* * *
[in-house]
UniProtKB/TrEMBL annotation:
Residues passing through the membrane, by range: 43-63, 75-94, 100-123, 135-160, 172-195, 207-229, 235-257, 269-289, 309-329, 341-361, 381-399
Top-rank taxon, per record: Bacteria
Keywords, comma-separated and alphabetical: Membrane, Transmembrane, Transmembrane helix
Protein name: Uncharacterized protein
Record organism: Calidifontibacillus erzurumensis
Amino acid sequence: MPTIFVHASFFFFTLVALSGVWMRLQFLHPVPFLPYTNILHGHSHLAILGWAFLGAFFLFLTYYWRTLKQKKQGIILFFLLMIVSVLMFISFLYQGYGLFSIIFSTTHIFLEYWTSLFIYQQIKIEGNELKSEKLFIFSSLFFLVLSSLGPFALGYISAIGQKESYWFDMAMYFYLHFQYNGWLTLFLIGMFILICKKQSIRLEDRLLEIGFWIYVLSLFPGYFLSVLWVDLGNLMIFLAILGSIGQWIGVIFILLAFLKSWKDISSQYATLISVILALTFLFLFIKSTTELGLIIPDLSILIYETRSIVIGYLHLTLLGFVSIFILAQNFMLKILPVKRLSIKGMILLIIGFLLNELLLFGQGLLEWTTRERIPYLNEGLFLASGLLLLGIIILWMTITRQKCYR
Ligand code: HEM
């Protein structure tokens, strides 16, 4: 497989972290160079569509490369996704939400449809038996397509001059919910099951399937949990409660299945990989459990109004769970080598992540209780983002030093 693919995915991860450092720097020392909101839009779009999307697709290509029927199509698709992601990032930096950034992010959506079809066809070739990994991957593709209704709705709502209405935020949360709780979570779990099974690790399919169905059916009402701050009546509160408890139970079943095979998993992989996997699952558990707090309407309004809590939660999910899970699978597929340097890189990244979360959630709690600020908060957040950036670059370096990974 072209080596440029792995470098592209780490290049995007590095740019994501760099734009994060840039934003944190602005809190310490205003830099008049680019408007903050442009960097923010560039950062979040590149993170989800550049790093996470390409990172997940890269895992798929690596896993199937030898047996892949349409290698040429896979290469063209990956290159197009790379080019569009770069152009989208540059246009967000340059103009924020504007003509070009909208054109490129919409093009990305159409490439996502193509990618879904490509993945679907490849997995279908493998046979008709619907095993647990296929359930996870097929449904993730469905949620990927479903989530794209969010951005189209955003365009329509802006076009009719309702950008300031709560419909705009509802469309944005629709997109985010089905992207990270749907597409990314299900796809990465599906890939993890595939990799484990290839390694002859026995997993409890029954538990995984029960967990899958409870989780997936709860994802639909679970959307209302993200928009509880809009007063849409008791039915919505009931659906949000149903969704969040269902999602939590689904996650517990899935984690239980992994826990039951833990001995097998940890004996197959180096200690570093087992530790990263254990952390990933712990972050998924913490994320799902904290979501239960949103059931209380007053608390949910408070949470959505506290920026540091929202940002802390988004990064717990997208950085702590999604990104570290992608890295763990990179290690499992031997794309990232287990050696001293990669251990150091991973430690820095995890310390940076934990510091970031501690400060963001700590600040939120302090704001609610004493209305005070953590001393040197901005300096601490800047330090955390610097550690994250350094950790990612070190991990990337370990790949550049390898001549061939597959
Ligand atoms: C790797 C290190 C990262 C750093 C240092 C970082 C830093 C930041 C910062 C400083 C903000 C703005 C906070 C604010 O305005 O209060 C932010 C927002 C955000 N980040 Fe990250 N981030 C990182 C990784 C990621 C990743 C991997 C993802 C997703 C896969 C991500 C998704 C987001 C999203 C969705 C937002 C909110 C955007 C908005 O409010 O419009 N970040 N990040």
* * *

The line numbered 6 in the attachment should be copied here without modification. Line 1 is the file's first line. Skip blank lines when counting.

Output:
Protein name: Uncharacterized protein